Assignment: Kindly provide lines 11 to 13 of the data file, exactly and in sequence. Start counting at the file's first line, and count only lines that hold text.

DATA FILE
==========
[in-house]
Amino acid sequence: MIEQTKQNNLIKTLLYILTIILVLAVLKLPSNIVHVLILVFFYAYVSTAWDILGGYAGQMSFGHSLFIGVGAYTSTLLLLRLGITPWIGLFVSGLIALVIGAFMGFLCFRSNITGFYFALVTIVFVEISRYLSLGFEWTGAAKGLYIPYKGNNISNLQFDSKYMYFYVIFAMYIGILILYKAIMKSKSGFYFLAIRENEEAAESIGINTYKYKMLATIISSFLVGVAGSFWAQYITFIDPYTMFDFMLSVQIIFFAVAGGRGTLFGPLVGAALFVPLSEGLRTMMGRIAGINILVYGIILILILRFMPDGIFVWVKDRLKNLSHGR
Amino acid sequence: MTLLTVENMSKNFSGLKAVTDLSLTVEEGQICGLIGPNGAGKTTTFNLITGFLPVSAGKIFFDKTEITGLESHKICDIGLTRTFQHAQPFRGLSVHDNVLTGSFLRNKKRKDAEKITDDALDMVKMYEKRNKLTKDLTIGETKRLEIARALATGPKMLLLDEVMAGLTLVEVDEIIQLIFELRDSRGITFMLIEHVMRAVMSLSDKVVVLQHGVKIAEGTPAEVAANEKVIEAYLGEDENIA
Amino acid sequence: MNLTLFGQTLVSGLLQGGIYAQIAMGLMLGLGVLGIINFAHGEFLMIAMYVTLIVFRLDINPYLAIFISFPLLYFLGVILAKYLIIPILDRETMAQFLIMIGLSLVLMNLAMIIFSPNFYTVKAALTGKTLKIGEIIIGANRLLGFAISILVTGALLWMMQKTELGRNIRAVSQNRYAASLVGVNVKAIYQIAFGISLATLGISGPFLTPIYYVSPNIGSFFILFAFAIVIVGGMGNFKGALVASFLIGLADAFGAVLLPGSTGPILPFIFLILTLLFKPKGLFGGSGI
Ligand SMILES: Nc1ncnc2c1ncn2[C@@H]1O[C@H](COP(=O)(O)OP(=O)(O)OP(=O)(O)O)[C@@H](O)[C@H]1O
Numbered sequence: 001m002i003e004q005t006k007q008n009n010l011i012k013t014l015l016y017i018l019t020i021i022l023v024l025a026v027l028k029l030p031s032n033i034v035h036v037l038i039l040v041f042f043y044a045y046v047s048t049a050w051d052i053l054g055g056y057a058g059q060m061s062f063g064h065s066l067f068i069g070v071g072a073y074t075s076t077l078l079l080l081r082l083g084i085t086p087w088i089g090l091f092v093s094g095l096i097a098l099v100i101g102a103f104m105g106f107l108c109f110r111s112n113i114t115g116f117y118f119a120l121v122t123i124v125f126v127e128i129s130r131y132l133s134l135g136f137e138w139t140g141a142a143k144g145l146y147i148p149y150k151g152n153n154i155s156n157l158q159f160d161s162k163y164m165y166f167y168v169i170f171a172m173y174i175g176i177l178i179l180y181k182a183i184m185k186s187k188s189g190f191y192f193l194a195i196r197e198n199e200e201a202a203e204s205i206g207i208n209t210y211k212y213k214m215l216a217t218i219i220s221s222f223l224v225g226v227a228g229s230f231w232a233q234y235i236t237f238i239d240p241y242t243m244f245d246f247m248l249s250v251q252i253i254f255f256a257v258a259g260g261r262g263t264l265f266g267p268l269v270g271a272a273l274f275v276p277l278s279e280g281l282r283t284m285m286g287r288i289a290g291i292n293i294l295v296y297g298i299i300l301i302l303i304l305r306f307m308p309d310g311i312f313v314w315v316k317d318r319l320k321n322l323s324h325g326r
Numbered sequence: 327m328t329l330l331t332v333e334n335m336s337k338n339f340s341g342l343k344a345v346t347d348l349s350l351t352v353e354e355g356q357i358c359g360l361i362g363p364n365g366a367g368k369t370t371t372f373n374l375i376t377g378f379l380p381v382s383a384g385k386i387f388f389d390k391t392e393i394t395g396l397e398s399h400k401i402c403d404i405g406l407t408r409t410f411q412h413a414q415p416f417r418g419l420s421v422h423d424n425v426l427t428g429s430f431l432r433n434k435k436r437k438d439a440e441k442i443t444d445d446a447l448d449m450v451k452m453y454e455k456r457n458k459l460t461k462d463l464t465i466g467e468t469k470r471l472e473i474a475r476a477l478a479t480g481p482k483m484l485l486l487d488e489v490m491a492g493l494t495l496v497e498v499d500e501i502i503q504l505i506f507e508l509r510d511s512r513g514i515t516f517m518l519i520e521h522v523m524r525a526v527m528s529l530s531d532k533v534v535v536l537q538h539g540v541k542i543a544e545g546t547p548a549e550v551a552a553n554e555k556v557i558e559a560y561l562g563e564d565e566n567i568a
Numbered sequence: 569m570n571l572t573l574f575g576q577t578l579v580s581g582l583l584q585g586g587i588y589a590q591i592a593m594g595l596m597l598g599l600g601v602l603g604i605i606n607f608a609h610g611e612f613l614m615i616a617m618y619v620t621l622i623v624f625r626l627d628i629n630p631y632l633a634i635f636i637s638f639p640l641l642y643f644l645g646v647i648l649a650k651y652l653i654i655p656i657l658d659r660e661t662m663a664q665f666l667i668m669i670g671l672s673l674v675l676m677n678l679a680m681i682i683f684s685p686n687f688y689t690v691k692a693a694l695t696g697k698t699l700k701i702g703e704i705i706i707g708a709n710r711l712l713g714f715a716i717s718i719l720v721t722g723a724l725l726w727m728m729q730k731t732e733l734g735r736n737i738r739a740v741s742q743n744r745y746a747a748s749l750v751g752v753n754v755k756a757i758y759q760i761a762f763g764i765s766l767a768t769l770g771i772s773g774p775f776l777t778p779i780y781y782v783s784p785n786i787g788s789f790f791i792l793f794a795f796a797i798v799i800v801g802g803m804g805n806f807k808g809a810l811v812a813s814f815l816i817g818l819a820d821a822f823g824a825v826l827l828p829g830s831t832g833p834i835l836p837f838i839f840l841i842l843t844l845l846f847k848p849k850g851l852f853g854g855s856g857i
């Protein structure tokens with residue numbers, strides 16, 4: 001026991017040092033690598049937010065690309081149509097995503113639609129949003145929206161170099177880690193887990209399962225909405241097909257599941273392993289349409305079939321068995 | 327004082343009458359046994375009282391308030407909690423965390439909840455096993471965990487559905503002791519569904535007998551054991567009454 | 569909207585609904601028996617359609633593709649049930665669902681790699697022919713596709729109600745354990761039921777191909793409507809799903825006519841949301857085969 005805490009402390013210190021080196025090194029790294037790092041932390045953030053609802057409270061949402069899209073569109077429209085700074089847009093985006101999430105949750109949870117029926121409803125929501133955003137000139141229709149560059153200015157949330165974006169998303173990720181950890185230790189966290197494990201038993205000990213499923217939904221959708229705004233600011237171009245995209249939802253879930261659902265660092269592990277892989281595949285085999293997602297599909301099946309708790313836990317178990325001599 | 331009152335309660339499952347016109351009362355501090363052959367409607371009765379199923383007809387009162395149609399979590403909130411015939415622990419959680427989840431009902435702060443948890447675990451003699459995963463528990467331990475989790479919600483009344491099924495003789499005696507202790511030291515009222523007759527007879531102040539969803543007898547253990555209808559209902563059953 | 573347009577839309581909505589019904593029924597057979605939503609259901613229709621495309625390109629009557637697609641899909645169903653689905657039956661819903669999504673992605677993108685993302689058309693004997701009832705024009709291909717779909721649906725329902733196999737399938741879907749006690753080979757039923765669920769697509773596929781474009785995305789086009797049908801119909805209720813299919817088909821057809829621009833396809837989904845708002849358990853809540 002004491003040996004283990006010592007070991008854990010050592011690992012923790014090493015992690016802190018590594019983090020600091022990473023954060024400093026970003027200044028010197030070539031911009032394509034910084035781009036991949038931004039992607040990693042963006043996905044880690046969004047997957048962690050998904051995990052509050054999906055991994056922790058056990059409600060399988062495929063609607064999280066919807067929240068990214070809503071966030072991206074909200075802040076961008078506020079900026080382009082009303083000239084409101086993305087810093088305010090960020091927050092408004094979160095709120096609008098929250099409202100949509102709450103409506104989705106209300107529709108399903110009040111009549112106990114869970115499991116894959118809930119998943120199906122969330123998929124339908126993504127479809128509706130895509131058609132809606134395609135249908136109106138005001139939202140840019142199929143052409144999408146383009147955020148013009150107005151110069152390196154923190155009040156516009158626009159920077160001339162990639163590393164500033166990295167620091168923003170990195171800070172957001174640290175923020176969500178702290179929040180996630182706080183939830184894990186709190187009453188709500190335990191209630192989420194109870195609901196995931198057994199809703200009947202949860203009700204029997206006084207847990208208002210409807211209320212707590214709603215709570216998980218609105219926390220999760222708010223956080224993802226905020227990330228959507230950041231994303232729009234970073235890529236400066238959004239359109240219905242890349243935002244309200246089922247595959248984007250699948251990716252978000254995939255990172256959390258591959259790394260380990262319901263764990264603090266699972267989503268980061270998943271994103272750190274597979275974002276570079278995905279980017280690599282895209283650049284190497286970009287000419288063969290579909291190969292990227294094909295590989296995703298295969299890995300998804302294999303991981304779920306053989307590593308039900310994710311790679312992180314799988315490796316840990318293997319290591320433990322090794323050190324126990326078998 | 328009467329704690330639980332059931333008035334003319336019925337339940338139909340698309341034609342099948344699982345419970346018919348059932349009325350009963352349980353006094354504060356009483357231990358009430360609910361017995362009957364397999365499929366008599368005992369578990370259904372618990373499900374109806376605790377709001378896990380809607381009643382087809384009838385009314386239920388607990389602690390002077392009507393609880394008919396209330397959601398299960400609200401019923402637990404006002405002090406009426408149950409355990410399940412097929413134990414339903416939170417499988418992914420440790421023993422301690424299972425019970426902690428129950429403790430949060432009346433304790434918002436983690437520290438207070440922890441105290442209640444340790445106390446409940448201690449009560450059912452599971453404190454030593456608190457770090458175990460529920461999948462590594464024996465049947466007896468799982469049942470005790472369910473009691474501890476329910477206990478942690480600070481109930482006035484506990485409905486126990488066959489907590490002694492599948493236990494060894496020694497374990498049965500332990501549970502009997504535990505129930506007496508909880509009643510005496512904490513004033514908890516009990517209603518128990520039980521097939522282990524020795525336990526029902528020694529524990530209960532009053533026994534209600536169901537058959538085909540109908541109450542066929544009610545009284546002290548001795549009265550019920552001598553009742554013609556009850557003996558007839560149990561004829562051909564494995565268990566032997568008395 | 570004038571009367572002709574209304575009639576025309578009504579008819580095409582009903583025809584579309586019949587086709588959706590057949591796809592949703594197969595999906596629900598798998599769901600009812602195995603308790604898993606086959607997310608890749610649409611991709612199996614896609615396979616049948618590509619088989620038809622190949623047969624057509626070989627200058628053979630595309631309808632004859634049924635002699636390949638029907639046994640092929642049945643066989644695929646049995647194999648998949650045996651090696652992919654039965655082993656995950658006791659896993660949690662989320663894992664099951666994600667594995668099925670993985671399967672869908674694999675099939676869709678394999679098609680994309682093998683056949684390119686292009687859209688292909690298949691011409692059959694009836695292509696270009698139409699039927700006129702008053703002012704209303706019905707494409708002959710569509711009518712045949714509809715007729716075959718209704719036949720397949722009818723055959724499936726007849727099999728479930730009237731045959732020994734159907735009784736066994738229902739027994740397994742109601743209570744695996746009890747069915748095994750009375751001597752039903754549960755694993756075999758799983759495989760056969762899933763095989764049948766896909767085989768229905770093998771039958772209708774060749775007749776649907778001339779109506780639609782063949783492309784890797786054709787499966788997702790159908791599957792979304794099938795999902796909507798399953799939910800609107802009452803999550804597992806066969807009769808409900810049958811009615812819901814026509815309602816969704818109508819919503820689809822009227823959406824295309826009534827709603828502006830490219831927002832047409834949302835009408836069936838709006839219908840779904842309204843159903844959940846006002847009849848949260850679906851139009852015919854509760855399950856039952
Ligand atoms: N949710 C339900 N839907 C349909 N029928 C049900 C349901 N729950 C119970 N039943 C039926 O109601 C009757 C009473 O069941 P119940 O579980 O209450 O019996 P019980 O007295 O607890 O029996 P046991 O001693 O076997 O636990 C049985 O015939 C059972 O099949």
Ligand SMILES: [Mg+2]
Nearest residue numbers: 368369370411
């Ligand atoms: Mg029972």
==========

Ligand SMILES: [Mg+2]
Nearest residue numbers: 368369370411
């Ligand atoms: Mg029972």